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The saga surrounding the fate of a controversial Sarepta Therapeutics drug grew even more intriguing today after the US Food and Drug Administration confirmed that a key staffer who opposed approving the medicine has left the agency.

The news sent shares in Sarepta soaring as investors began betting the departure of Dr. Ronald Farkas, who led the clinical team in the neurology products division, might signal the agency was now leaning toward approving the medicine, which has been developed to treat Duchenne muscular dystrophy. At one point this morning, Sarepta stock was up as much as 26 percent.

An FDA spokeswoman would not say when Farkas left, and whether his departure is tied to the review for the Sarepta drug is not known. Farkas could not be reached for comment. But he has played a key role in the review process. At an FDA advisory meeting last April, Farkas told an expert panel the agency had “strong doubts” about the viability of a clinical trial the company is relying on to win regulatory approval (here is the agency review). The panel voted against approval by a slight 7-to-6 margin.


His departure comes amid increasing speculation and strong emotions about an FDA decision. The disease destroys muscle fibers and eventually confines boys to wheelchairs before sending them to an early death. There are no treatments currently available, and the FDA has rejected two medicines from two other companies, prompting parents to worry that their children will be left without options.

As a result, the drug has become an important litmus test for the agency as it balances intensifying demands to approve more drugs more quickly — especially for rare diseases — and the need to maintain scientific standards for endorsing medicines. Some describe the battle as the biggest clash between regulators and patients since the AIDS crisis more than three decades ago.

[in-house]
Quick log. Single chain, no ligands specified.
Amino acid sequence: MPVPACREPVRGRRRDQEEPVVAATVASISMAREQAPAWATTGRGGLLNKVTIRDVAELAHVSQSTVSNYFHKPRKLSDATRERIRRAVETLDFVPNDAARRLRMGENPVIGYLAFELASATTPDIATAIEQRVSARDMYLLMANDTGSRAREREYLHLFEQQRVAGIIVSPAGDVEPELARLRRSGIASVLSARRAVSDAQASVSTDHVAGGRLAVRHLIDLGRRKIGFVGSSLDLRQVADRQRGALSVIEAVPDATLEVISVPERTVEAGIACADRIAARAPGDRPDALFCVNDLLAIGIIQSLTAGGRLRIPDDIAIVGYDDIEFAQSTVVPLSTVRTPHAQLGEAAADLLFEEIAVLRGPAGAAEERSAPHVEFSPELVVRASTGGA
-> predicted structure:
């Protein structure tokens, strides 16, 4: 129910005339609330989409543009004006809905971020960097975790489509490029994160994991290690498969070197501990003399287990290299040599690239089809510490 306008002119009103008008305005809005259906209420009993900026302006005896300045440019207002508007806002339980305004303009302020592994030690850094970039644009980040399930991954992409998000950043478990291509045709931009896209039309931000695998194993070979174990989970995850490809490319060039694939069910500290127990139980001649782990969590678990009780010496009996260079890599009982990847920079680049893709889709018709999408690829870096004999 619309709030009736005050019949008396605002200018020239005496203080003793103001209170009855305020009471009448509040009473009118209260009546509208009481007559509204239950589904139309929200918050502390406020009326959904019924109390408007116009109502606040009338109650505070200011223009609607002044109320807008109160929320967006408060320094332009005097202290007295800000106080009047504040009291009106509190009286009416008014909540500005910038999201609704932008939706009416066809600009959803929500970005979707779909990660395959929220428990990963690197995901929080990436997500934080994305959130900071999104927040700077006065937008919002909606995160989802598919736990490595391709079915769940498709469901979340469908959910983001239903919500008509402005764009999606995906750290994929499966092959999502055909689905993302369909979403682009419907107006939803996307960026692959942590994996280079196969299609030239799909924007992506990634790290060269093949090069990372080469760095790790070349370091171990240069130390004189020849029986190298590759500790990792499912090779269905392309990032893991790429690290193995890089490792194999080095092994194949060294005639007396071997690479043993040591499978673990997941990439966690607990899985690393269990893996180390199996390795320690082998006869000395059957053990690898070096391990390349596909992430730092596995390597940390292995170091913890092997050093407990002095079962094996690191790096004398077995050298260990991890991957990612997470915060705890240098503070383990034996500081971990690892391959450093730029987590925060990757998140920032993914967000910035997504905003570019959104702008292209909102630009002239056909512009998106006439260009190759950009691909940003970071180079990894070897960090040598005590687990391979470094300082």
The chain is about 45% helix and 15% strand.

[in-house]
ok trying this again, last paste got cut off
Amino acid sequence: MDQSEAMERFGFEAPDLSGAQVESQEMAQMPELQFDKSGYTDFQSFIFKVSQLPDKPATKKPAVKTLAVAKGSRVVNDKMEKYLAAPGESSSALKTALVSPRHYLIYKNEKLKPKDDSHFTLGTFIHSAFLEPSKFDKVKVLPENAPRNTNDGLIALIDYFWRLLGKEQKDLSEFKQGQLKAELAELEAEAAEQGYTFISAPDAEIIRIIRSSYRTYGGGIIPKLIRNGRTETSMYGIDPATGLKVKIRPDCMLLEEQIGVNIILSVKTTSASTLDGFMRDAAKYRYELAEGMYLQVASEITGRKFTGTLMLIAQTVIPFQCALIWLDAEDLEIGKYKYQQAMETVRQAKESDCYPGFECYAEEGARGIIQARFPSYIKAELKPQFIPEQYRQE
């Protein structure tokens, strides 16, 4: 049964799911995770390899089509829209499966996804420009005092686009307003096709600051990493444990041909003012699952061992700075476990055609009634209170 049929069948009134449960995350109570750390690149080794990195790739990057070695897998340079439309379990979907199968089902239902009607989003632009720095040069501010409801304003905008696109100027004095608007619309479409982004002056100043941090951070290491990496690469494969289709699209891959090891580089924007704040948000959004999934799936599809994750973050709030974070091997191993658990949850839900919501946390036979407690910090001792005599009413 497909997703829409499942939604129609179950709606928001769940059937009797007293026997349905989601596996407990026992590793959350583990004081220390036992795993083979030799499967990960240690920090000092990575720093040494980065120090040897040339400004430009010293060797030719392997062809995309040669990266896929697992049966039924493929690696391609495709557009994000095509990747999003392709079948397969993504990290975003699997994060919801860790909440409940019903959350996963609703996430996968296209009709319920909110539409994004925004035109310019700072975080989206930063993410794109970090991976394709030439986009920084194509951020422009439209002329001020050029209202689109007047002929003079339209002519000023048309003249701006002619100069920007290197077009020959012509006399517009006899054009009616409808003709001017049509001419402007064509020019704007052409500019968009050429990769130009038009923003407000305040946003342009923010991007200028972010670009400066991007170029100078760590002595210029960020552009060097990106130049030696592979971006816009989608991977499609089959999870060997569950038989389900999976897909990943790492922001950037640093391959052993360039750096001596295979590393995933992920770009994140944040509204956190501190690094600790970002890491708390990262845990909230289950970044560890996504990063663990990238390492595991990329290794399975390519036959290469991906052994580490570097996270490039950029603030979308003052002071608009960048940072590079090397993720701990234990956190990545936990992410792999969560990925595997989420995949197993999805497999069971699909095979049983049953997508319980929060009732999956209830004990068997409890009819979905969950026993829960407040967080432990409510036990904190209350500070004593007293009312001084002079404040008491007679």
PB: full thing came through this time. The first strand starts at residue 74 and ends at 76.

The FDA, however, has been accused of unnecessarily blocking approval, given the unmet medical need. Over the past year, a growing number of Washington lawmakers — spurred by anxious parents — urged the agency to greenlight the drug. And more than three dozen medical experts, some of whom have ties to Sarepta, maintained that FDA reviewers made several blunders in their initial review of the drug.

In a 115-page report released earlier this year, though, the FDA medical review team led by Farkas raised doubts about the veracity of a 12-patient clinical trial that Sarepta relied on to make its case. They also questioned the viability of six-minute walking tests that trial participants underwent. The data, they wrote, “did not provide statistical evidence” to say that the drug is effective.

His opposition, in fact, has been seen as a key impediment to agency approval. Earlier this year, editorials that appeared in the Wall Street Journal singled out Farkas as the main obstacle. Citing various steps in the review process, the editorials concluded that Farkas and another FDA reviewer had “lost the public’s confidence that they can conduct a fair review.”

Meanwhile, at the meeting last April where Farkas expressed concerns about the Sarepta trial data, a high-ranking FDA official — Dr. Janet Woodcock, who oversees the agency division that is responsible for approving drug medicines — attempted to appease the large crowd of DMD parents and their supporters. “It’s possible to reach different conclusions based on the data presented today,” she said.

To some, the FDA appears to be sending mixed signals. It hasn’t helped that the approval process has dragged on, further fueling speculation about the outcome. Last winter, the agency postponed an initial advisory committee meeting for the drug, which later took place last April.

But in June, the agency asked Sarepta to submit more data about its clinical trial, which some have interpreted as a sign that FDA officials are searching for ways to approve the drug. Such  a move would underscore the political sensitivities surrounding this particular medicine and the potential for a clash inside the agency over the approval standards.

— This story has been corrected. Dr. Ronald Farkas was previously identified incorrectly as Dr. Robert Farkas. 

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